Putting Mental Disorders in Order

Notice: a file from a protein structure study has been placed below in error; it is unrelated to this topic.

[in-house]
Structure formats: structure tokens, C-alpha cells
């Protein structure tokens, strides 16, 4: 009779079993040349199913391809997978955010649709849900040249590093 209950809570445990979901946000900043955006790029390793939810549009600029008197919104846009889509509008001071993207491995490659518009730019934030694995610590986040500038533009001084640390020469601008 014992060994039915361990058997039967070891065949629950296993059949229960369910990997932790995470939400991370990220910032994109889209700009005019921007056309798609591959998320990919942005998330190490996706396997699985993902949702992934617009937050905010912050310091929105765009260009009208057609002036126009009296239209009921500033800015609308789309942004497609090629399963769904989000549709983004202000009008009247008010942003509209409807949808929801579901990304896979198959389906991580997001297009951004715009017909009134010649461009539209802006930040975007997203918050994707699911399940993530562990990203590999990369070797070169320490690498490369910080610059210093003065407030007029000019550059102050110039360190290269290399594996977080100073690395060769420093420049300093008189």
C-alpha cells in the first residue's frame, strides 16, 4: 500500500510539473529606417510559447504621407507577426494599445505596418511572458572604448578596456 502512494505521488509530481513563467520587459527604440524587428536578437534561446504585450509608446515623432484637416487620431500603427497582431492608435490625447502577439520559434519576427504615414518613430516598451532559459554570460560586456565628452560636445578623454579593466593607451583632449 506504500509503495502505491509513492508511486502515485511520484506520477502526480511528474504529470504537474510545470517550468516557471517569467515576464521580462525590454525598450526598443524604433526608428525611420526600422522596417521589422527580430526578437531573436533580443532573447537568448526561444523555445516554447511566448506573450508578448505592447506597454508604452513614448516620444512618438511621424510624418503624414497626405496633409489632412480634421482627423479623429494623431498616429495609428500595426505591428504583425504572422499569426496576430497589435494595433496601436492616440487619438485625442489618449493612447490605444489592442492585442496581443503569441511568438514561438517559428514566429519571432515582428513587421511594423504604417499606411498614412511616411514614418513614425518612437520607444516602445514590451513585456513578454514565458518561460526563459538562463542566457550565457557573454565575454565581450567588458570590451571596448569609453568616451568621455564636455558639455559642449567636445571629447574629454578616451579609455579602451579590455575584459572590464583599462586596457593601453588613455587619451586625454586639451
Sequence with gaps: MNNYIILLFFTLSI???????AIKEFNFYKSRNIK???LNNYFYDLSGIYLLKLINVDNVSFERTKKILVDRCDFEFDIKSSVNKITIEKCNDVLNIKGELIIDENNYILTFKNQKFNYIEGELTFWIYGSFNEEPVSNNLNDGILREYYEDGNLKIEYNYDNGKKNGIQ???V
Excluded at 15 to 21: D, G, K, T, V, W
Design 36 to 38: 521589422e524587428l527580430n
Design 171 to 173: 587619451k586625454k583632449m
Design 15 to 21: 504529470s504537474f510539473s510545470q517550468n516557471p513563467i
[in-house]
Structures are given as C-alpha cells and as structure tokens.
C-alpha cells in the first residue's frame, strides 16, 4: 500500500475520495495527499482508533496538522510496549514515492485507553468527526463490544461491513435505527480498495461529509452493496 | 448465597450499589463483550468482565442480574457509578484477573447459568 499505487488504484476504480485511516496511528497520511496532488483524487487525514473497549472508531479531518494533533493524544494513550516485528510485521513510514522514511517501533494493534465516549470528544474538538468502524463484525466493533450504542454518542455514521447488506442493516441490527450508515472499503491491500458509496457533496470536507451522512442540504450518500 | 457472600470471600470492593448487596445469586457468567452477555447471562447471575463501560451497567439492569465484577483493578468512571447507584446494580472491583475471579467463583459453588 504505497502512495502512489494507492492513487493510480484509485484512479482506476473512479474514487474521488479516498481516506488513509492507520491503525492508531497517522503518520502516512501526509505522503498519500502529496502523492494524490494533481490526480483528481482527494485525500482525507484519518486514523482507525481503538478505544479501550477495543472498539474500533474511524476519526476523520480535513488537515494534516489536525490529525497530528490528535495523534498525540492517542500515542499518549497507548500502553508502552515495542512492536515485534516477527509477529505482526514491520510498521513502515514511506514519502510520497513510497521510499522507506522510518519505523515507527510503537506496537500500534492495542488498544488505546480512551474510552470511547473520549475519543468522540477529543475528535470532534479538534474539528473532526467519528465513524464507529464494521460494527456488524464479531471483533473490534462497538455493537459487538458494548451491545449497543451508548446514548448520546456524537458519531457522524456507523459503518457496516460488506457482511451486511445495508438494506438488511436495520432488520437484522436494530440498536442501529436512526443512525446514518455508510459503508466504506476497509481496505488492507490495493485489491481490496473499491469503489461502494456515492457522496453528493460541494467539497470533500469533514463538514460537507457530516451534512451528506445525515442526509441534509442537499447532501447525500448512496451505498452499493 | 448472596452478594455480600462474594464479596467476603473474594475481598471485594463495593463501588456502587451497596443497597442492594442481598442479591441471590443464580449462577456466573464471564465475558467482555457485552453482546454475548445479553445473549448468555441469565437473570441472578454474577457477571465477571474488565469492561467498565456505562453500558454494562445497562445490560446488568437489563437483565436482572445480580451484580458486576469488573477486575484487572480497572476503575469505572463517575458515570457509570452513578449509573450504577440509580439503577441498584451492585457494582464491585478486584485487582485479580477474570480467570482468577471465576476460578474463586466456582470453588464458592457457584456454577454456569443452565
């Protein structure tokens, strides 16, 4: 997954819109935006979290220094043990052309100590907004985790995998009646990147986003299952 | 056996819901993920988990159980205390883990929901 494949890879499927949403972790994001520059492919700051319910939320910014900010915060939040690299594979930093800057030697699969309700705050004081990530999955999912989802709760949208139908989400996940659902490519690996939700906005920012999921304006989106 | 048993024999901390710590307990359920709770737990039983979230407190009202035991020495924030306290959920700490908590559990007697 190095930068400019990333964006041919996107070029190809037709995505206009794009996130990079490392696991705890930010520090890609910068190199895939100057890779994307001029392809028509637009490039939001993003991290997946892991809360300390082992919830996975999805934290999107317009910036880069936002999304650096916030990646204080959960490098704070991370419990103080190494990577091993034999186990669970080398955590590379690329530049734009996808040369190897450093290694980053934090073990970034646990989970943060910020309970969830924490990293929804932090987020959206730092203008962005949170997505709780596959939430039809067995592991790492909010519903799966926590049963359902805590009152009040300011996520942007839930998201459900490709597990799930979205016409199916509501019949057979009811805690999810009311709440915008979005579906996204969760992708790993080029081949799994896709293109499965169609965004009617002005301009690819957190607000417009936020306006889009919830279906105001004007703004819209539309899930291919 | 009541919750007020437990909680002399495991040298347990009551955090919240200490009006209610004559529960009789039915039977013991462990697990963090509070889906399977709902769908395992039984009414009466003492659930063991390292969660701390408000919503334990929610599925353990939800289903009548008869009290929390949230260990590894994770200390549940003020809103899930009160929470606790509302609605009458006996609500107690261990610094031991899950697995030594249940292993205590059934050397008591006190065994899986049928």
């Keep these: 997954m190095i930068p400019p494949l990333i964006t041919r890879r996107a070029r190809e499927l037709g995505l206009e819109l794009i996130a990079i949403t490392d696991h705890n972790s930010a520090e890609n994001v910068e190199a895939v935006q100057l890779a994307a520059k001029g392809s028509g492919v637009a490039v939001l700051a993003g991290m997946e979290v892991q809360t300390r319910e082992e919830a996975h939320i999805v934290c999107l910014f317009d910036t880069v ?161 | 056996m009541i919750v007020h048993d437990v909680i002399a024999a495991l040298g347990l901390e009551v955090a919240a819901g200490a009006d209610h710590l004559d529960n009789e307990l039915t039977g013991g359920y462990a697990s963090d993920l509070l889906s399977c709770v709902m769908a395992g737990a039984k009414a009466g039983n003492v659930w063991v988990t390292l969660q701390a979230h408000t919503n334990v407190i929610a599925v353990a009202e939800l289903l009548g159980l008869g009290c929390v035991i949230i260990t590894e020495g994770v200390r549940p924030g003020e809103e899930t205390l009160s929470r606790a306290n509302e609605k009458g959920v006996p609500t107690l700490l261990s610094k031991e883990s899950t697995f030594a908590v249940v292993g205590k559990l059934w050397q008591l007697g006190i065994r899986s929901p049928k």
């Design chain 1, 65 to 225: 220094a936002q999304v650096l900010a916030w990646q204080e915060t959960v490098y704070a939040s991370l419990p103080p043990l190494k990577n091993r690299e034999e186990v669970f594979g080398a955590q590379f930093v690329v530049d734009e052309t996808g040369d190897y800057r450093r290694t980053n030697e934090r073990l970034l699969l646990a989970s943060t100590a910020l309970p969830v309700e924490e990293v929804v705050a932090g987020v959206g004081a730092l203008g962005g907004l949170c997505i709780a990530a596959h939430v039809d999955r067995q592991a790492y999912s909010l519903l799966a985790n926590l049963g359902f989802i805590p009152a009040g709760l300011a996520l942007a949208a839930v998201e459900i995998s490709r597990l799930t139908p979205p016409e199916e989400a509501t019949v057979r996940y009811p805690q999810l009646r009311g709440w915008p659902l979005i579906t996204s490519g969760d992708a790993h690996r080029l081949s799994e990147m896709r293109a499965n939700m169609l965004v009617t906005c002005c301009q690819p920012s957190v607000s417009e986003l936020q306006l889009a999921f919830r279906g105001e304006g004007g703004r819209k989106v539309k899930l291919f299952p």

Society usually calls people who suffer from psychological disorders "crazy" because they sometimes behave and think in ways that are not normal or accepted. This statement is true. One of the five criterion listed in chapter 15 for defining a mental disorder is social disapproval, along with statistical rarity, subjective distress, impairment, and biological dysfunction. There is a wide spectrum of variety and severity in mental illness. Some disorders can present themselves in very mild ways, like slight twitches. Others can be more extreme like generalized anxiety disorder. These patients spend 60% of each day worrying. Something that I found interesting was that some conditions are more common in specific cultures. For example, in Asian countries, there is a condition called koro, where the mostly male victims believe that their penis and testicles are disappearing into their abdomen. Government officials went so far as to measure the victims' penises with rulers to prove that they were not receding. However, a plethora of disorders exist in nearly all cultures, and they can begin at random parts during a person's life, even early childhood and old age. No matter how mild or extreme they are, they require constant treatment and attention from medical professionals. Unfortunately, many of the people who suffer from mental disorders also suffer from a stigma that they are "crazy" or "psycho", when in reality, they are normal people who we interact with every day.